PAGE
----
Center for     Biological     Diversity   

Pangolins Win International Protections

Nations around the world voted this week to formally ban international trade in pangolins -- small, scaly anteaters from Asia and Africa that are now imperiled. The vote occurred at the 17th meeting of parties to the Convention on International Trade in Endangered Species (CITES), a treaty ratified by 182 countries.

A shocking 1 million pangolins have been poached in the past decade for their scales and meat, making them the world's most trafficked mammals. Unfortunately their charming tactic of rolling their little bodies into balls when threatened has only made them easier to bag. The Center for Biological Diversity and allies petitioned for U.S. protection of pangolins in 2015.

Said the Center's Sarah Uhlemann, "With this vote, the world may have just saved pangolins from extinction."

Read more in our press release.

Rare Desert Turtle Proposed for Protection After 19 Years

Sonoyta mud turtle

Following the Center's settlement to speed protections for 757 species, the imperiled Sonoyta mud turtle has been proposed for Endangered Species Act protection. This turtle has been languishing on the "candidate" list -- receiving zero true protection -- since 1997, despite a 2005 Center petition.

With webbed feet and mad swimming skills, the Sonoyta mud turtle has evolved, amazingly, to be highly aquatic in one of the Sonoran desert's driest areas. With water scarce, this turtle has only one U.S. population, in a single southern Arizona spring. Read more at Cronkite News.

Stealing California's Future report cover

Monterey County Crude Worse for Climate Than Tar Sands Oil

Crude from the biggest oilfield in Monterey County, California, is more climate-damaging than the notoriously dirty oil from Canada's Alberta tar sands, a Center analysis of state data reveals.

Our report found that crude from the county's San Ardo oilfield, annually generating about 3.3 million metric tons of greenhouse gas pollution, is the most carbon-intensive crude from any large California oilfield. Yet regulators are poised to lay the groundwork to expand the field.

"The oil spewing out of San Ardo's wells is a major threat to California's fight against the climate crisis," said report author Brian Nowicki, our California climate policy director. "Regulators shouldn't let oil companies produce even more high-carbon crude from this oilfield."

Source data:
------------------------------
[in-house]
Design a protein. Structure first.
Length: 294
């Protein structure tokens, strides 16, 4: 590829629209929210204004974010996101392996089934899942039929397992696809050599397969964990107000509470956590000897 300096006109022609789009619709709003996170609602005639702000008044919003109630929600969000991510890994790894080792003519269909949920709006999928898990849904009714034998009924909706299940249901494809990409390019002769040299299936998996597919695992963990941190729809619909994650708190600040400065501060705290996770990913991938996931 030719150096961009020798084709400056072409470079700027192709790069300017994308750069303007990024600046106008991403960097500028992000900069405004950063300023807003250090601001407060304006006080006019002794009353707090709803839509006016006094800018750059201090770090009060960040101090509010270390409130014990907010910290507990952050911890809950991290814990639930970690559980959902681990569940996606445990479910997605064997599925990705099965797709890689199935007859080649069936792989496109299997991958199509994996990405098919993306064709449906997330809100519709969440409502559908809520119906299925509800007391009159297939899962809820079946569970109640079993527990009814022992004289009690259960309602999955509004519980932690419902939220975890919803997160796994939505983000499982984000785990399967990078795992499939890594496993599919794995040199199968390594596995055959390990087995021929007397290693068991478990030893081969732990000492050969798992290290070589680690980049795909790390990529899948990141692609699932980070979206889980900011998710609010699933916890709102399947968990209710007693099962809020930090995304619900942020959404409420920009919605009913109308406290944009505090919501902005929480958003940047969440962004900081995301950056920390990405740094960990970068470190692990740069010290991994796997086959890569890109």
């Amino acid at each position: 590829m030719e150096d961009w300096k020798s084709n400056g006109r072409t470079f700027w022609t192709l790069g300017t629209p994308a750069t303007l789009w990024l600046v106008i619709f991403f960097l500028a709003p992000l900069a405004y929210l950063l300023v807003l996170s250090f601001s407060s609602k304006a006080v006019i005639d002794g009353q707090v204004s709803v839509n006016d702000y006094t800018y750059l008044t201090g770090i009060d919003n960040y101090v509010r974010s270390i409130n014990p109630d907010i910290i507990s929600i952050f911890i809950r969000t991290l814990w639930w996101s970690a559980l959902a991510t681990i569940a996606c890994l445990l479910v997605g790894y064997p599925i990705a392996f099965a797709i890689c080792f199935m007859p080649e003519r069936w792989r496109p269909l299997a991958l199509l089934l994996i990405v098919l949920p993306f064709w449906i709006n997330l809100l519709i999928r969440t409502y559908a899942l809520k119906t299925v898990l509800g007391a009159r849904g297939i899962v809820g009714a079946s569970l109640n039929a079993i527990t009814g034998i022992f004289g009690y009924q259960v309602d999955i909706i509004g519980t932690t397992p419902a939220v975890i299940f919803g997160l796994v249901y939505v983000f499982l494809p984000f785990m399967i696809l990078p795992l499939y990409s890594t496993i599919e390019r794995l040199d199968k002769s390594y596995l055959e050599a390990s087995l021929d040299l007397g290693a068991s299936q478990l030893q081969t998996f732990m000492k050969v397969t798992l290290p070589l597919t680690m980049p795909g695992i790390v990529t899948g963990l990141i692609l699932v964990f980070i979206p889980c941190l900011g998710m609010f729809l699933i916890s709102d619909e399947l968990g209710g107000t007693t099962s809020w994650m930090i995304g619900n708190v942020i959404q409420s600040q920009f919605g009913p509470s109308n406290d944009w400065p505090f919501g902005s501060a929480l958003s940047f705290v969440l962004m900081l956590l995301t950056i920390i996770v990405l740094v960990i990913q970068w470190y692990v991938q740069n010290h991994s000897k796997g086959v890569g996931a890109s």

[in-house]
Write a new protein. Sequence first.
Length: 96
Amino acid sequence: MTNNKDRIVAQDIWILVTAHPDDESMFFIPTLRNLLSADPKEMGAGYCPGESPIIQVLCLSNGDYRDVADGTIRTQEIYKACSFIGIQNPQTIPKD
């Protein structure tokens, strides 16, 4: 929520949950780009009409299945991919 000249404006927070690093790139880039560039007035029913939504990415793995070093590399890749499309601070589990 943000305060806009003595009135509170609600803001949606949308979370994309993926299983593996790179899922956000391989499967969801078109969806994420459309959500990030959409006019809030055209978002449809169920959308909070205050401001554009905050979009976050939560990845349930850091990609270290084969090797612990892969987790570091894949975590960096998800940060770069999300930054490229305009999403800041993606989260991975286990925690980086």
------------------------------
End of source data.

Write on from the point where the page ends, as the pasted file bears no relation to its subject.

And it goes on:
Read more in our press release, check out this article in the Monterey County Weekly, and join the movement to pass Measure Z and ban fracking in Monterey.

Tucson's Jaguar, El Jefe, Makes Smithsonian Cover

Smithsonian magazine

After a year in the media spotlight, America's only known wild jaguar -- named El Jefe, or "the Boss," by Tucson schoolchildren -- made the bigtime in a new venue this month as the star of Smithsonian magazine's cover story.

El Jefe, who lives in the Santa Rita Mountains of southern Arizona, is threatened by a proposed open-pit copper mine in habitat crucial to his survival. The Smithsonian feature tells the tale of his apparent migration up from Mexico, as well as of Mayke, the world's first specially trained jaguar-tracking dog, who helps biologist Chris Bugbee -- and those of us keeping tabs at the Center -- follow El Jefe's movements.

Read the Smithsonian story for yourself.


Worldwide Rallies Highlight Plight of Lions, Elephants

At this week's opening of the international meeting of nations that are party to CITES (see above), the Center's Sarah Uhlemann and Tanya Sanerib joined a massive march through the streets of Johannesburg, South Africa, advocating for stronger protections for elephants, rhinos and lions. Simultaneously on Saturday, supporters marched in solidarity around the globe in cities like Minneapolis and San Francisco (where Center staff also took part).